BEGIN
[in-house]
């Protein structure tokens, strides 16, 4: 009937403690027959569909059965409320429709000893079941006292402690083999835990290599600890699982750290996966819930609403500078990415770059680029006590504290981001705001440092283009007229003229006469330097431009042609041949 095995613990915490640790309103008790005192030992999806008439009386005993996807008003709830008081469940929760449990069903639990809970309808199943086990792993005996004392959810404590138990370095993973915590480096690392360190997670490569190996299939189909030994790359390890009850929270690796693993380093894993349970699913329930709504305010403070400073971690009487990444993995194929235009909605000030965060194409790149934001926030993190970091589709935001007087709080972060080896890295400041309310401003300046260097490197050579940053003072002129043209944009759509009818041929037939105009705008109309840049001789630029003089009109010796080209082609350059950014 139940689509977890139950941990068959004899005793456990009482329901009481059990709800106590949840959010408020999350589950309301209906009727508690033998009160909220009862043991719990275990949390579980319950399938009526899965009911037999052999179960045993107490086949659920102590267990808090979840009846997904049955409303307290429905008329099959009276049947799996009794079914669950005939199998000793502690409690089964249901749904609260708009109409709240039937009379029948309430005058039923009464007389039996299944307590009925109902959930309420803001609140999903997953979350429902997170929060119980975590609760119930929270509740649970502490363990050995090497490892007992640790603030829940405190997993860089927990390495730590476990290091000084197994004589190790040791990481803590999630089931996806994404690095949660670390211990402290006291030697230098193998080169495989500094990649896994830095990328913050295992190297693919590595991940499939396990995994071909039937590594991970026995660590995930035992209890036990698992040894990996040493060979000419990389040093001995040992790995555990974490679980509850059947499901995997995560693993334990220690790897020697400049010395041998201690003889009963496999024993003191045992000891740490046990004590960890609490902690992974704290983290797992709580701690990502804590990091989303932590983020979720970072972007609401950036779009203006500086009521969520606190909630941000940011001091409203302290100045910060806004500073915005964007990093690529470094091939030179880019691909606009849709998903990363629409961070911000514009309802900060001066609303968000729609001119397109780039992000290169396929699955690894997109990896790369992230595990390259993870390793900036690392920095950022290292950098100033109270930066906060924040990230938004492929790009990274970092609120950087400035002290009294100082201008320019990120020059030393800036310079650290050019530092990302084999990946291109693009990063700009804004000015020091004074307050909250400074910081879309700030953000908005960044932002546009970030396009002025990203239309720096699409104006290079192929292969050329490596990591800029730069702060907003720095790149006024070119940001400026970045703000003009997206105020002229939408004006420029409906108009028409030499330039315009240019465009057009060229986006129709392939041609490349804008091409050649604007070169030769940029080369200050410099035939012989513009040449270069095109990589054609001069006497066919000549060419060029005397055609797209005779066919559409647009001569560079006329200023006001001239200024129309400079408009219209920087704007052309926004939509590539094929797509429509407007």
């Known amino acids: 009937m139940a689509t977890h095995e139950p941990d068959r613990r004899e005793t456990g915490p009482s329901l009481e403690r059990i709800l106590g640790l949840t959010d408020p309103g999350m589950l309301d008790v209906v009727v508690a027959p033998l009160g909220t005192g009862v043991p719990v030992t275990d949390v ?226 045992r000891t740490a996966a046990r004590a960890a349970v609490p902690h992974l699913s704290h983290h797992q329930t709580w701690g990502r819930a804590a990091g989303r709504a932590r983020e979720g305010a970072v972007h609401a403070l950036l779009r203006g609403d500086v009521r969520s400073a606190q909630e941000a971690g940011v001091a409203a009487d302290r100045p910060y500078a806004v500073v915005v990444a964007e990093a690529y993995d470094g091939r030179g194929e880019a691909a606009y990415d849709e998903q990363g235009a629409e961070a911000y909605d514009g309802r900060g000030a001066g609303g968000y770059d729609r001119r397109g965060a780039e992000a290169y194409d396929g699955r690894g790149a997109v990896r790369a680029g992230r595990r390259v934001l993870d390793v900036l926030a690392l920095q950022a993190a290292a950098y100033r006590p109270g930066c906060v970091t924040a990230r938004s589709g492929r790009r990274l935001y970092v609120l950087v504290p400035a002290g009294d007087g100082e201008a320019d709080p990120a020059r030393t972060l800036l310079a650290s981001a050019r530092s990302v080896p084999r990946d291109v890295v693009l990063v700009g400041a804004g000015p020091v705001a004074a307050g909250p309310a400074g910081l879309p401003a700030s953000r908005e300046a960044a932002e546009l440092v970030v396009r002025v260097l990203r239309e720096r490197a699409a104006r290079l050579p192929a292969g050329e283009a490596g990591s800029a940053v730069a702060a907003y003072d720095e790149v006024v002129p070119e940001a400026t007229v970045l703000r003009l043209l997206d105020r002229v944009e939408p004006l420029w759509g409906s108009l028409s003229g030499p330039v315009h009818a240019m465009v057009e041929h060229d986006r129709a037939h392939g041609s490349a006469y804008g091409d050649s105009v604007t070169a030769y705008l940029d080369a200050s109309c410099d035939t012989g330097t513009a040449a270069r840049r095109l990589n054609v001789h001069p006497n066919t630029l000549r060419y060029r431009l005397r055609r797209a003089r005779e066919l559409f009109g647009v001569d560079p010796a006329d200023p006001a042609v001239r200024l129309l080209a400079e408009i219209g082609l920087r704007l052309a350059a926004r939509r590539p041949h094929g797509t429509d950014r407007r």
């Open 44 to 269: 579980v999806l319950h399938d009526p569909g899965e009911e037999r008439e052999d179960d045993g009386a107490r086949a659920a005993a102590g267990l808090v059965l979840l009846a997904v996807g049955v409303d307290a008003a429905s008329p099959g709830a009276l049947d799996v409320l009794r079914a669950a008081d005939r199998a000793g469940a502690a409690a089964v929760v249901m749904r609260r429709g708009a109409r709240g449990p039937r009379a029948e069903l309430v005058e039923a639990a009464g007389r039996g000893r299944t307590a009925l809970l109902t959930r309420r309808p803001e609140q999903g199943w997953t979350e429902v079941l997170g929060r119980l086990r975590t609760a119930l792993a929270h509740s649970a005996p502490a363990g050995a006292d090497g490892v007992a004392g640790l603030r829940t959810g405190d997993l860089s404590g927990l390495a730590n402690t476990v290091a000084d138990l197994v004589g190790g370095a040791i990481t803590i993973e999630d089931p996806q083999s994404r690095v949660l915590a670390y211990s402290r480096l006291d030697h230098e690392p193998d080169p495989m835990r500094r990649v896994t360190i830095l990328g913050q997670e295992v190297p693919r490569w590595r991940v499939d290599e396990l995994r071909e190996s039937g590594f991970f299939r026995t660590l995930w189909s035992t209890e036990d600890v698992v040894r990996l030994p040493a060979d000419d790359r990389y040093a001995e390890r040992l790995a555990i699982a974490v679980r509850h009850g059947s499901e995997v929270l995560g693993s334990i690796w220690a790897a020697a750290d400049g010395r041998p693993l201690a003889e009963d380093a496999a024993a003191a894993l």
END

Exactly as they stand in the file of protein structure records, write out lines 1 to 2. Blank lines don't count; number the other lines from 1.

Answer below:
[in-house]
């Protein structure tokens, strides 16, 4: 009937403690027959569909059965409320429709000893079941006292402690083999835990290599600890699982750290996966819930609403500078990415770059680029006590504290981001705001440092283009007229003229006469330097431009042609041949 095995613990915490640790309103008790005192030992999806008439009386005993996807008003709830008081469940929760449990069903639990809970309808199943086990792993005996004392959810404590138990370095993973915590480096690392360190997670490569190996299939189909030994790359390890009850929270690796693993380093894993349970699913329930709504305010403070400073971690009487990444993995194929235009909605000030965060194409790149934001926030993190970091589709935001007087709080972060080896890295400041309310401003300046260097490197050579940053003072002129043209944009759509009818041929037939105009705008109309840049001789630029003089009109010796080209082609350059950014 139940689509977890139950941990068959004899005793456990009482329901009481059990709800106590949840959010408020999350589950309301209906009727508690033998009160909220009862043991719990275990949390579980319950399938009526899965009911037999052999179960045993107490086949659920102590267990808090979840009846997904049955409303307290429905008329099959009276049947799996009794079914669950005939199998000793502690409690089964249901749904609260708009109409709240039937009379029948309430005058039923009464007389039996299944307590009925109902959930309420803001609140999903997953979350429902997170929060119980975590609760119930929270509740649970502490363990050995090497490892007992640790603030829940405190997993860089927990390495730590476990290091000084197994004589190790040791990481803590999630089931996806994404690095949660670390211990402290006291030697230098193998080169495989500094990649896994830095990328913050295992190297693919590595991940499939396990995994071909039937590594991970026995660590995930035992209890036990698992040894990996040493060979000419990389040093001995040992790995555990974490679980509850059947499901995997995560693993334990220690790897020697400049010395041998201690003889009963496999024993003191045992000891740490046990004590960890609490902690992974704290983290797992709580701690990502804590990091989303932590983020979720970072972007609401950036779009203006500086009521969520606190909630941000940011001091409203302290100045910060806004500073915005964007990093690529470094091939030179880019691909606009849709998903990363629409961070911000514009309802900060001066609303968000729609001119397109780039992000290169396929699955690894997109990896790369992230595990390259993870390793900036690392920095950022290292950098100033109270930066906060924040990230938004492929790009990274970092609120950087400035002290009294100082201008320019990120020059030393800036310079650290050019530092990302084999990946291109693009990063700009804004000015020091004074307050909250400074910081879309700030953000908005960044932002546009970030396009002025990203239309720096699409104006290079192929292969050329490596990591800029730069702060907003720095790149006024070119940001400026970045703000003009997206105020002229939408004006420029409906108009028409030499330039315009240019465009057009060229986006129709392939041609490349804008091409050649604007070169030769940029080369200050410099035939012989513009040449270069095109990589054609001069006497066919000549060419060029005397055609797209005779066919559409647009001569560079006329200023006001001239200024129309400079408009219209920087704007052309926004939509590539094929797509429509407007």